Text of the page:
Fall is a great time to plant trees. Follow these important planting tips to insure the health and longevity of your plants. Make sure the root flare, the place where the roots flare away from the trunk, is at or slightly above the soil surface. Dig the planting hole the same depth as the distance between the root flare and bottom of the root ball. Digging deeper can result in the soil settling and creating a water collecting depression around your tree. Roughen the sides of the planting hole to avoid glazed soil that can prevent roots from growing into the surrounding soil. Water thoroughly whenever the top 4 to 6 inches of soil are crumbly and slightly moist. Spread a 2 to 3 inch layer of wood chips over the surrounding soil. And pull the mulch away from the trunk of the tree to prevent rot and disease. Wait a year to fertilize your newly planted tree. A bit more information: No need to stake most newly planted trees. Staking should only be done for bare root trees, trees with large canopies and small root balls, and those exposed to high winds. For more gardening tips, how-to videos, podcasts and more, visit www.melindamyers.com
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Want to feel sexier?!
Here's how!! (#ad)
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What's your life's purpose?
Every now and then I watch "Ted Talks" on YouTube. I came acoss this post and I wanted to share it...call it my "Monday Motivation!"
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Colorado Blue Spruce
Colorado blue spruce are a favorite tree of many gardeners. Their bluish green needles and pyramidal shape are a nice addition to the landscape. But several diseases can kill branches and distort their beauty. One such disease is Needle cast. It's usually not deadly, but it ruins the beauty and screening value the trees provide. Promptly remove and destroy infected branches to help slow the spread of this disease. Disinfect your tools with a one part bleach and nine parts water or 70% alcohol solution between cuts. Make sure your trees receive sufficient water during dry periods, mulch the soil and give them plenty of room for light and air to reach all parts of the plant. Copper containing fungicides are listed as effective against needle-cast and some formulations are considered organic. Proper timing and thorough coverage are critical for effective control. A bit more information: One of the other common disease problems on blue spruce is cytospora canker. There is no effective chemical control. Removal of diseased branches, mulching and proper watering can minimize the damage. For more gardening tips, how-to videos, podcasts and more, visit www.melindamyers.com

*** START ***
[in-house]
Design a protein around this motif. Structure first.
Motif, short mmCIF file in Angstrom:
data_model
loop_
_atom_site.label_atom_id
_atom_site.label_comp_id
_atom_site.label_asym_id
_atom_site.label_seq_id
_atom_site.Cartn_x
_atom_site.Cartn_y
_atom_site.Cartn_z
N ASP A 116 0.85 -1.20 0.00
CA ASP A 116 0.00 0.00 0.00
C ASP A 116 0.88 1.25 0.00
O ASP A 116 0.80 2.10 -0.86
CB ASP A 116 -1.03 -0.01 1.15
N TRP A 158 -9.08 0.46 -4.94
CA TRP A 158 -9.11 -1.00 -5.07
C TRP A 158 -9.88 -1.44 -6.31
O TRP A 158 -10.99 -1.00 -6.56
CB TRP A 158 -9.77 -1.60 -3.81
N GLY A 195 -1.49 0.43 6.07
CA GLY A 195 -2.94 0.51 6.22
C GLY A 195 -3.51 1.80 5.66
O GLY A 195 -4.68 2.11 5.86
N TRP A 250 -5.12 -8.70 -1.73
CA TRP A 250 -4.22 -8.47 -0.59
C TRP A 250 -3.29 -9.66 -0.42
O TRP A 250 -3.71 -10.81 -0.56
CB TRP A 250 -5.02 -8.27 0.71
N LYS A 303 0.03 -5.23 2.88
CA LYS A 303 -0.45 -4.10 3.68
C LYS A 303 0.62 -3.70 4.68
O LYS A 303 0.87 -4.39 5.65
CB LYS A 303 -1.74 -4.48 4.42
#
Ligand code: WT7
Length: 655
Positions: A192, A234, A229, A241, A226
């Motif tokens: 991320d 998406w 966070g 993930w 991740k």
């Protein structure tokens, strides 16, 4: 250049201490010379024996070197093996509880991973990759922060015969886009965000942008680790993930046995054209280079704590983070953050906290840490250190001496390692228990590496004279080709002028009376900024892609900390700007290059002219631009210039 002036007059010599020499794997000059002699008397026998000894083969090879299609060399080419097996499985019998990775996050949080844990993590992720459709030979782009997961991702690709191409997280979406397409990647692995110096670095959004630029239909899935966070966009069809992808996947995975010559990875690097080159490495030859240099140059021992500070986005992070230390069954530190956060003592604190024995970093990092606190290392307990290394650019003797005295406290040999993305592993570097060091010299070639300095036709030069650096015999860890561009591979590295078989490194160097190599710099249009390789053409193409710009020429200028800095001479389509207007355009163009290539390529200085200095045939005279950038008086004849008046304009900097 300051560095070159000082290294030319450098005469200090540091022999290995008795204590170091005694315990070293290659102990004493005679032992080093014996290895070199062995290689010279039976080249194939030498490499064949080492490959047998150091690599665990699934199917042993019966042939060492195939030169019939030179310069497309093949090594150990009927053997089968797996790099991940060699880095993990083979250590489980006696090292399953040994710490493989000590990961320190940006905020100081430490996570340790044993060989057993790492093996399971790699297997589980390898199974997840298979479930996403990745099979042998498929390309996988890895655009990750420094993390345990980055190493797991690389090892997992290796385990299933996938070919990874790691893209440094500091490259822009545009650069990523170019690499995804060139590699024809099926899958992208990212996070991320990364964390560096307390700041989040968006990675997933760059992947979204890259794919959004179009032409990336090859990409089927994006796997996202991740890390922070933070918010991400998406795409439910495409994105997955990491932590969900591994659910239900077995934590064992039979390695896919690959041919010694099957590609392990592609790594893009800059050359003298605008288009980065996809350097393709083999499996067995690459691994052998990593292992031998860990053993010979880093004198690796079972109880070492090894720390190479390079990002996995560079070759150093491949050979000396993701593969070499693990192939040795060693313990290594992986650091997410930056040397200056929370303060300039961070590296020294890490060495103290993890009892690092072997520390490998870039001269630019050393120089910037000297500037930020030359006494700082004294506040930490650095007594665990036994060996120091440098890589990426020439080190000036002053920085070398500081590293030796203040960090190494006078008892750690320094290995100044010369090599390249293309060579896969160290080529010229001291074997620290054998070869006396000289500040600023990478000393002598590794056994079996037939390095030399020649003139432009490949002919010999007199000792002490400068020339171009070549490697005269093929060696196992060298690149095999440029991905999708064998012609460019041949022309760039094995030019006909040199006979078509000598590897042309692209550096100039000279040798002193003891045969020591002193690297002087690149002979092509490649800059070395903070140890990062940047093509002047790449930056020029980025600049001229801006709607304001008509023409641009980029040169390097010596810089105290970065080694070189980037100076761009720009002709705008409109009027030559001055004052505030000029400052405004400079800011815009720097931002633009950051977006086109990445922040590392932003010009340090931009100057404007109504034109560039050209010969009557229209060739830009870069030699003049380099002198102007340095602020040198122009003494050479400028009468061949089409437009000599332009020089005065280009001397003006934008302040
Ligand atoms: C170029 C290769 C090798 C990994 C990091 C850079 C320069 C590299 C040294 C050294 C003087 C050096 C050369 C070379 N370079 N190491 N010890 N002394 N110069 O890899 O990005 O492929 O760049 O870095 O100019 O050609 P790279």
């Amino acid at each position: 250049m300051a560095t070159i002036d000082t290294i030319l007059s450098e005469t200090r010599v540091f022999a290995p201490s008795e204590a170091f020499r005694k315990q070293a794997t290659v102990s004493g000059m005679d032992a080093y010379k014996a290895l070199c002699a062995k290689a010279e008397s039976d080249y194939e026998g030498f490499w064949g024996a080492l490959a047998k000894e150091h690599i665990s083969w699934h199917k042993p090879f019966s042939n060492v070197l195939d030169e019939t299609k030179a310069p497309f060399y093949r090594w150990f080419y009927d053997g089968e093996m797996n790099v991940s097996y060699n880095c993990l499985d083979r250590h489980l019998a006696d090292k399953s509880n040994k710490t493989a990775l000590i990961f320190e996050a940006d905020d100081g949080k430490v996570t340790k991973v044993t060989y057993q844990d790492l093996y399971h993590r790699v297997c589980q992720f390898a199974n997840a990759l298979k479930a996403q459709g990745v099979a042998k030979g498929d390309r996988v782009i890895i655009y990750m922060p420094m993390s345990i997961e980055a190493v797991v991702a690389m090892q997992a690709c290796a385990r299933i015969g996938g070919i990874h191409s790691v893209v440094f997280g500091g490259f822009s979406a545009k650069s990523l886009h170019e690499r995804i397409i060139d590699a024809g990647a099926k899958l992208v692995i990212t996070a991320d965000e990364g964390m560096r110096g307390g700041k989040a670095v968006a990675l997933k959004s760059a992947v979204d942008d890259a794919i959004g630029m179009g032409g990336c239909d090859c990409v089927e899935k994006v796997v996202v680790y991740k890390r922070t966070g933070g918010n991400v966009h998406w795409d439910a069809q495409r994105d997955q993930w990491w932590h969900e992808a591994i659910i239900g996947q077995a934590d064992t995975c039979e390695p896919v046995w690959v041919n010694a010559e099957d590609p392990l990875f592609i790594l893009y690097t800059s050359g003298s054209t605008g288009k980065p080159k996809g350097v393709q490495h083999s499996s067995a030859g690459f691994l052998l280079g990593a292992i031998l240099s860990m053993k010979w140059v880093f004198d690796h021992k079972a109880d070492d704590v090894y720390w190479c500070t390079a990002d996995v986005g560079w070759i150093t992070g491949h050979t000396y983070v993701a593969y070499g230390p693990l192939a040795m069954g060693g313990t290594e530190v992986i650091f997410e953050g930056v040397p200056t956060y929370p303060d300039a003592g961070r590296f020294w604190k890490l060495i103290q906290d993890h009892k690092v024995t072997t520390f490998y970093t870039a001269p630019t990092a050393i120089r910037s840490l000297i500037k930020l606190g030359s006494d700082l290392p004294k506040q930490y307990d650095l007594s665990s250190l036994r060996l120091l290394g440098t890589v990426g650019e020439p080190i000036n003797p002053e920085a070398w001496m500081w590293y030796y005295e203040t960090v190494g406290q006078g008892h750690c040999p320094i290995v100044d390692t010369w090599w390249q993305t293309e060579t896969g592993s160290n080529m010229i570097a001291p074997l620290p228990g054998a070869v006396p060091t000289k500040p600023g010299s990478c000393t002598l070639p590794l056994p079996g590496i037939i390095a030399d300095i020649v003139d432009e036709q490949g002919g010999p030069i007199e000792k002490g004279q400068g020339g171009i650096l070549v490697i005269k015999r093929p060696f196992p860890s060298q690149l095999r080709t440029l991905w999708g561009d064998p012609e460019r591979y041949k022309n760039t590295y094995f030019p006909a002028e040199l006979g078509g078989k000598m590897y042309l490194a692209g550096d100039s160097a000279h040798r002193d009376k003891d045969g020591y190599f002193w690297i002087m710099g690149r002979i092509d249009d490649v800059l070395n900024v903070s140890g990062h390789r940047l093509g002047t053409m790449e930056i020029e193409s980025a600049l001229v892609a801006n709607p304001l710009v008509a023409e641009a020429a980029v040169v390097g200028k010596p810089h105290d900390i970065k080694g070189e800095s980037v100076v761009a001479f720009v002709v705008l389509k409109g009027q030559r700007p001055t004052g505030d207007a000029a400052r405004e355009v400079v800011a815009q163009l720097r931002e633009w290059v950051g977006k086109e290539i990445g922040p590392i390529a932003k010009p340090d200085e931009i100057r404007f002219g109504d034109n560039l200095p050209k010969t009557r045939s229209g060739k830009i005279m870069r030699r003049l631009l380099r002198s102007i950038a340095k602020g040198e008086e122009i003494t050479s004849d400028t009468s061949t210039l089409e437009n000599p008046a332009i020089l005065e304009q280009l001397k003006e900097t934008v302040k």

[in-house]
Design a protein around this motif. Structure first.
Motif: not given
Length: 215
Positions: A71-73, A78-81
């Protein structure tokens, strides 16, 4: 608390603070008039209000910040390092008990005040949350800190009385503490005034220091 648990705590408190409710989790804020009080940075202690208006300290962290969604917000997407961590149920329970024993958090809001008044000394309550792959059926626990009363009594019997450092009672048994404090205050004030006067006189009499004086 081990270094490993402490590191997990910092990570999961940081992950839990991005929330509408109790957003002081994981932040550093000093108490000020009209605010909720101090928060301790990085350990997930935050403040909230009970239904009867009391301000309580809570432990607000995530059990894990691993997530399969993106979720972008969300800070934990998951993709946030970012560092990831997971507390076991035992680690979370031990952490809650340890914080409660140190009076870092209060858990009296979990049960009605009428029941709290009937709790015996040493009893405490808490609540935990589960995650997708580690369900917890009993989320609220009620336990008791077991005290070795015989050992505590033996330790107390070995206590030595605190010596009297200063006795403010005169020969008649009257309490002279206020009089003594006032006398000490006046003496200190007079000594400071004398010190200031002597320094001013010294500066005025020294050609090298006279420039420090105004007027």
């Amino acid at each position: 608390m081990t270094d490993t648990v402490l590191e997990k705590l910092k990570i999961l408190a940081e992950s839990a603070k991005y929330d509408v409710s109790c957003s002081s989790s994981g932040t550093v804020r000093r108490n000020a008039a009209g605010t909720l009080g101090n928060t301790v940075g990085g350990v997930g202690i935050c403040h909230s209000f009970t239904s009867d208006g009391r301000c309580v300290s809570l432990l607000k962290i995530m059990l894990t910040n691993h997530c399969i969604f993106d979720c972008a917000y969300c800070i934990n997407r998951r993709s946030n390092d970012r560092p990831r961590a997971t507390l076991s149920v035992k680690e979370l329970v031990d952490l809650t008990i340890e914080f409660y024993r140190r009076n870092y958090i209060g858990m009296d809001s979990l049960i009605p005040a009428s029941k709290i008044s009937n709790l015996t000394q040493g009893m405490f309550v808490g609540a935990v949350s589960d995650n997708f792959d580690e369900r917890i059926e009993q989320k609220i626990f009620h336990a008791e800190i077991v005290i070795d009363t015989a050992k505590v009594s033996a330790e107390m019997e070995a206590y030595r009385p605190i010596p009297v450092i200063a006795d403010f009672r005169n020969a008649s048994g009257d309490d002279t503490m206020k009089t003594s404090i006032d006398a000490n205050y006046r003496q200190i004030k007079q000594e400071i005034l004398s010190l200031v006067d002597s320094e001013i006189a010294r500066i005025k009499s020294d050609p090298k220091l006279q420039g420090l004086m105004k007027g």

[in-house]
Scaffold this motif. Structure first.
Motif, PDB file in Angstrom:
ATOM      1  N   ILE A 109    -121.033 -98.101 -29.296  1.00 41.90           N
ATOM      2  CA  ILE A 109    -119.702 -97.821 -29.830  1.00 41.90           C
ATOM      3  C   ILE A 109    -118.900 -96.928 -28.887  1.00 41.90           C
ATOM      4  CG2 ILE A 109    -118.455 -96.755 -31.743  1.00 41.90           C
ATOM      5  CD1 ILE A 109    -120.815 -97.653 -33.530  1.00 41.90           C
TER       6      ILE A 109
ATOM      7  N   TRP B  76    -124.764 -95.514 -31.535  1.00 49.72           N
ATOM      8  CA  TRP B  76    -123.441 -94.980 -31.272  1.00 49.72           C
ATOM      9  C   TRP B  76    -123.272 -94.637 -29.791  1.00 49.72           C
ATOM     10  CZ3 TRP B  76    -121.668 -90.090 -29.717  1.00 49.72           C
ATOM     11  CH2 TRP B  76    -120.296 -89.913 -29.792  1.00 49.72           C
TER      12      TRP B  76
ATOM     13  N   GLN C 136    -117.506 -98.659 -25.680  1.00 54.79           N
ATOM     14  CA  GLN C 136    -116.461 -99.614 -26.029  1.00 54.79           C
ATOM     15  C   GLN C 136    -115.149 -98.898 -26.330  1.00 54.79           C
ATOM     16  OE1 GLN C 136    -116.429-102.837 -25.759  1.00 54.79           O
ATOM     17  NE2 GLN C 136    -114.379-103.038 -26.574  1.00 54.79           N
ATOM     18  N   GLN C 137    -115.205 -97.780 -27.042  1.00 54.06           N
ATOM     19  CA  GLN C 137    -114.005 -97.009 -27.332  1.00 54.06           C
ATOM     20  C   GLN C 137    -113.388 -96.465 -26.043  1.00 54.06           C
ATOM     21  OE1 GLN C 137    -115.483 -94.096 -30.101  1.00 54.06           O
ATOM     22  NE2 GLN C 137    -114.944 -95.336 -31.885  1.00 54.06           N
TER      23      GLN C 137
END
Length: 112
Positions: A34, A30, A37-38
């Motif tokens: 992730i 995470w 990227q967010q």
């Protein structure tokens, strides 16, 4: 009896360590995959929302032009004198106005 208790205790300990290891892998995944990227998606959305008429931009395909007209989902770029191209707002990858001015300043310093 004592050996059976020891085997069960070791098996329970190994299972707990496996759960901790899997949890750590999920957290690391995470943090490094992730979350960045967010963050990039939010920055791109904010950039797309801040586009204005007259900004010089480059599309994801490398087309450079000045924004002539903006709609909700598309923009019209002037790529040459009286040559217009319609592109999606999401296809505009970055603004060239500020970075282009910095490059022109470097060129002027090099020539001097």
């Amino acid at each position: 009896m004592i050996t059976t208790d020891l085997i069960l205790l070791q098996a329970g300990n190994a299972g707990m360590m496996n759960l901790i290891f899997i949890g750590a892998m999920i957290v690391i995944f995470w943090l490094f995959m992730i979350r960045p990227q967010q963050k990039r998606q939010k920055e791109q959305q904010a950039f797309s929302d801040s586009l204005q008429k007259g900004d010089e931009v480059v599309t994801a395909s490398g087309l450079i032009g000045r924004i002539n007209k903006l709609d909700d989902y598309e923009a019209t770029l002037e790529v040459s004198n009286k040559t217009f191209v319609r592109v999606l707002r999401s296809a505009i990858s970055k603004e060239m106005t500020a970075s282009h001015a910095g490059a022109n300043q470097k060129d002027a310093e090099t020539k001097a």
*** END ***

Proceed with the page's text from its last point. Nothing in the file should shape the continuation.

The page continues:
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Moss in the Lawn
Moss gardens are a beautiful trend in the gardening world. But for many gardeners moss in the lawn and garden is a source of frustration. Moss, like other lawn weeds, is an indication of poor growing conditions. This unwanted plant thrives in shade as well as compacted, poorly drained, acidic soil. Correct the cause and you will eliminate the problem for years to come. Improve drainage and reduce compaction by adding several inches of compost or other organic matter to the top 6 to 8 inches of soil. Core aeration of the lawn can also help with compacted soil. Increase the light reaching the grass by having a certified arborist thin the crown of overhead trees. Only use lime if a soil test indicates your soil is too acidic. There are moss killers on the market, but if you don't eliminate the cause you will be fighting this weed for years. A bit more information: If it is too difficult or impossible to eliminate the cause of the problem, consider embracing moss as a part of the landscape. Many gardeners pay money for the very plant you are trying to eliminate. Add a few steppers for a walkway or add a few stones and call it a moss garden. Many gardeners in your situation have quit fighting the moss and embraced it as a groundcover. In fact, you will see moss for sale from several gardening sources. For more gardening tips, how-to videos, podcasts and more, visit www.melindamyers.com